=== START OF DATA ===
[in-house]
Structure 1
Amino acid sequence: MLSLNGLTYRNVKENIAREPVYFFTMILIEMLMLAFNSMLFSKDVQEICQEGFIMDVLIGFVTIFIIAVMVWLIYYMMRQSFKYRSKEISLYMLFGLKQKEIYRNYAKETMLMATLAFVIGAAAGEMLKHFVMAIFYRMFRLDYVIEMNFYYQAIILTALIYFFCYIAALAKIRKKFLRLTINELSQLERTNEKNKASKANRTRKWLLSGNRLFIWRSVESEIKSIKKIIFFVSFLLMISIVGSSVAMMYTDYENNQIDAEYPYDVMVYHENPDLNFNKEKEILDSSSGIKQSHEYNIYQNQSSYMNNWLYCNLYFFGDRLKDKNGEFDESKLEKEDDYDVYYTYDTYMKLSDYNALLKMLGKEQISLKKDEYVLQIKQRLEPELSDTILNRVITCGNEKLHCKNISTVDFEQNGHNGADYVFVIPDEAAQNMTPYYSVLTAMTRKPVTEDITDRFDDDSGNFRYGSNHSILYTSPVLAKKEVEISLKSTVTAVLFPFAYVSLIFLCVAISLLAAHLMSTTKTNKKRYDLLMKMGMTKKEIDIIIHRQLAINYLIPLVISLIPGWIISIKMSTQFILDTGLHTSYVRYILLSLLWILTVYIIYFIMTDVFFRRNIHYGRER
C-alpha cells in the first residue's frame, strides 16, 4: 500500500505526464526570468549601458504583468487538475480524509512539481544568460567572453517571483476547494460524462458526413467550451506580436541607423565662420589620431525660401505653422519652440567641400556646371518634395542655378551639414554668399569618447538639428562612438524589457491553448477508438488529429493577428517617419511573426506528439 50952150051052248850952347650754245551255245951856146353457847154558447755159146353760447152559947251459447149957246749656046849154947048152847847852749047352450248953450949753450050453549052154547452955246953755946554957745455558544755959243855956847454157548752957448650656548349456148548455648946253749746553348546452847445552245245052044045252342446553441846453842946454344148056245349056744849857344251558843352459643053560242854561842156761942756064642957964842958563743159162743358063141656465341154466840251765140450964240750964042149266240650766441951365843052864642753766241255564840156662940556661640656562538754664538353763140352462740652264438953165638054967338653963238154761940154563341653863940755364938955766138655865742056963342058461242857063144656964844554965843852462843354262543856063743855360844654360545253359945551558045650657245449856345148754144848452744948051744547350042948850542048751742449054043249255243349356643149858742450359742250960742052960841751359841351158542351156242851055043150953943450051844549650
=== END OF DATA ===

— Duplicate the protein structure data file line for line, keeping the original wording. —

[in-house]
Structure 1
Amino acid sequence: MLSLNGLTYRNVKENIAREPVYFFTMILIEMLMLAFNSMLFSKDVQEICQEGFIMDVLIGFVTIFIIAVMVWLIYYMMRQSFKYRSKEISLYMLFGLKQKEIYRNYAKETMLMATLAFVIGAAAGEMLKHFVMAIFYRMFRLDYVIEMNFYYQAIILTALIYFFCYIAALAKIRKKFLRLTINELSQLERTNEKNKASKANRTRKWLLSGNRLFIWRSVESEIKSIKKIIFFVSFLLMISIVGSSVAMMYTDYENNQIDAEYPYDVMVYHENPDLNFNKEKEILDSSSGIKQSHEYNIYQNQSSYMNNWLYCNLYFFGDRLKDKNGEFDESKLEKEDDYDVYYTYDTYMKLSDYNALLKMLGKEQISLKKDEYVLQIKQRLEPELSDTILNRVITCGNEKLHCKNISTVDFEQNGHNGADYVFVIPDEAAQNMTPYYSVLTAMTRKPVTEDITDRFDDDSGNFRYGSNHSILYTSPVLAKKEVEISLKSTVTAVLFPFAYVSLIFLCVAISLLAAHLMSTTKTNKKRYDLLMKMGMTKKEIDIIIHRQLAINYLIPLVISLIPGWIISIKMSTQFILDTGLHTSYVRYILLSLLWILTVYIIYFIMTDVFFRRNIHYGRER
C-alpha cells in the first residue's frame, strides 16, 4: 500500500505526464526570468549601458504583468487538475480524509512539481544568460567572453517571483476547494460524462458526413467550451506580436541607423565662420589620431525660401505653422519652440567641400556646371518634395542655378551639414554668399569618447538639428562612438524589457491553448477508438488529429493577428517617419511573426506528439 50952150051052248850952347650754245551255245951856146353457847154558447755159146353760447152559947251459447149957246749656046849154947048152847847852749047352450248953450949753450050453549052154547452955246953755946554957745455558544755959243855956847454157548752957448650656548349456148548455648946253749746553348546452847445552245245052044045252342446553441846453842946454344148056245349056744849857344251558843352459643053560242854561842156761942756064642957964842958563743159162743358063141656465341154466840251765140450964240750964042149266240650766441951365843052864642753766241255564840156662940556661640656562538754664538353763140352462740652264438953165638054967338653963238154761940154563341653863940755364938955766138655865742056963342058461242857063144656964844554965843852462843354262543856063743855360844654360545253359945551558045650657245449856345148754144848452744948051744547350042948850542048751742449054043249255243349356643149858742450359742250960742052960841751359841351158542351156242851055043150953943450051844549650